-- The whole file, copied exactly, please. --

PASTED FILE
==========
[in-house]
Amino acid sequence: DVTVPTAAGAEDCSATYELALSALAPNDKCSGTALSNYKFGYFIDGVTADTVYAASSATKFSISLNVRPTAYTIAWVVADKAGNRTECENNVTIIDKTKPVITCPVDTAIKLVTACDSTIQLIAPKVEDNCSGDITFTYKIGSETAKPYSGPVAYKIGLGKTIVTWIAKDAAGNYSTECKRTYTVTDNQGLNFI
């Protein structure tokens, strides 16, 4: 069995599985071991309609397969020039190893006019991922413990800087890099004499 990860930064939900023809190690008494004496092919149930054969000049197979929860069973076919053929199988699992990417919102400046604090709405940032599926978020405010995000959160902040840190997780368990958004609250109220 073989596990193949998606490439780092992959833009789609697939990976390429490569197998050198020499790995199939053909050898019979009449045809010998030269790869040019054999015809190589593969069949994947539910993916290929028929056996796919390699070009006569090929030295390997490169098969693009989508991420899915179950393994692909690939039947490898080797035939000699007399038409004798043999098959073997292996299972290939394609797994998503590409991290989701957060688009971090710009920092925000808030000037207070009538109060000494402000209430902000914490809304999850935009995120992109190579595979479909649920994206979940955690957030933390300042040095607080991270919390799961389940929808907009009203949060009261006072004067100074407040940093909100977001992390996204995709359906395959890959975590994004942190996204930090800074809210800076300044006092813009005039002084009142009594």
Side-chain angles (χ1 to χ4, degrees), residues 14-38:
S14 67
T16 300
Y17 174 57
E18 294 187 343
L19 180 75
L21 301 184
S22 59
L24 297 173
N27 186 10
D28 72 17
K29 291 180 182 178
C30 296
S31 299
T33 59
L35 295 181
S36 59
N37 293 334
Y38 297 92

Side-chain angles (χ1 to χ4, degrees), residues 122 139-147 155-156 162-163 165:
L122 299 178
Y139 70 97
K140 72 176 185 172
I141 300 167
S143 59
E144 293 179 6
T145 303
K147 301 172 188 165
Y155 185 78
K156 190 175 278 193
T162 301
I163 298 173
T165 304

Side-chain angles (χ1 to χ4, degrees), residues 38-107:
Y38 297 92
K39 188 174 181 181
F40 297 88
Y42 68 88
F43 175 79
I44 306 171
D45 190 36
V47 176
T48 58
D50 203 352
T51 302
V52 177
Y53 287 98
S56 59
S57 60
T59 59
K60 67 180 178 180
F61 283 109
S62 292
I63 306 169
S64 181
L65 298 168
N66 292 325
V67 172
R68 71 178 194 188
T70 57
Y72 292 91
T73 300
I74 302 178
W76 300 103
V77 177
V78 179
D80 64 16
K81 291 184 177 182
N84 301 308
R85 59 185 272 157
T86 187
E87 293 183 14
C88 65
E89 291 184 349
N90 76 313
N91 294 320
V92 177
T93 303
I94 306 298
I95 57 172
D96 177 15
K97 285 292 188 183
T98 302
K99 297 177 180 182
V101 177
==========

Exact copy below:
[in-house]
Amino acid sequence: DVTVPTAAGAEDCSATYELALSALAPNDKCSGTALSNYKFGYFIDGVTADTVYAASSATKFSISLNVRPTAYTIAWVVADKAGNRTECENNVTIIDKTKPVITCPVDTAIKLVTACDSTIQLIAPKVEDNCSGDITFTYKIGSETAKPYSGPVAYKIGLGKTIVTWIAKDAAGNYSTECKRTYTVTDNQGLNFI
């Protein structure tokens, strides 16, 4: 069995599985071991309609397969020039190893006019991922413990800087890099004499 990860930064939900023809190690008494004496092919149930054969000049197979929860069973076919053929199988699992990417919102400046604090709405940032599926978020405010995000959160902040840190997780368990958004609250109220 073989596990193949998606490439780092992959833009789609697939990976390429490569197998050198020499790995199939053909050898019979009449045809010998030269790869040019054999015809190589593969069949994947539910993916290929028929056996796919390699070009006569090929030295390997490169098969693009989508991420899915179950393994692909690939039947490898080797035939000699007399038409004798043999098959073997292996299972290939394609797994998503590409991290989701957060688009971090710009920092925000808030000037207070009538109060000494402000209430902000914490809304999850935009995120992109190579595979479909649920994206979940955690957030933390300042040095607080991270919390799961389940929808907009009203949060009261006072004067100074407040940093909100977001992390996204995709359906395959890959975590994004942190996204930090800074809210800076300044006092813009005039002084009142009594």
Side-chain angles (χ1 to χ4, degrees), residues 14-38:
S14 67
T16 300
Y17 174 57
E18 294 187 343
L19 180 75
L21 301 184
S22 59
L24 297 173
N27 186 10
D28 72 17
K29 291 180 182 178
C30 296
S31 299
T33 59
L35 295 181
S36 59
N37 293 334
Y38 297 92

Side-chain angles (χ1 to χ4, degrees), residues 122 139-147 155-156 162-163 165:
L122 299 178
Y139 70 97
K140 72 176 185 172
I141 300 167
S143 59
E144 293 179 6
T145 303
K147 301 172 188 165
Y155 185 78
K156 190 175 278 193
T162 301
I163 298 173
T165 304

Side-chain angles (χ1 to χ4, degrees), residues 38-107:
Y38 297 92
K39 188 174 181 181
F40 297 88
Y42 68 88
F43 175 79
I44 306 171
D45 190 36
V47 176
T48 58
D50 203 352
T51 302
V52 177
Y53 287 98
S56 59
S57 60
T59 59
K60 67 180 178 180
F61 283 109
S62 292
I63 306 169
S64 181
L65 298 168
N66 292 325
V67 172
R68 71 178 194 188
T70 57
Y72 292 91
T73 300
I74 302 178
W76 300 103
V77 177
V78 179
D80 64 16
K81 291 184 177 182
N84 301 308
R85 59 185 272 157
T86 187
E87 293 183 14
C88 65
E89 291 184 349
N90 76 313
N91 294 320
V92 177
T93 303
I94 306 298
I95 57 172
D96 177 15
K97 285 292 188 183
T98 302
K99 297 177 180 182
V101 177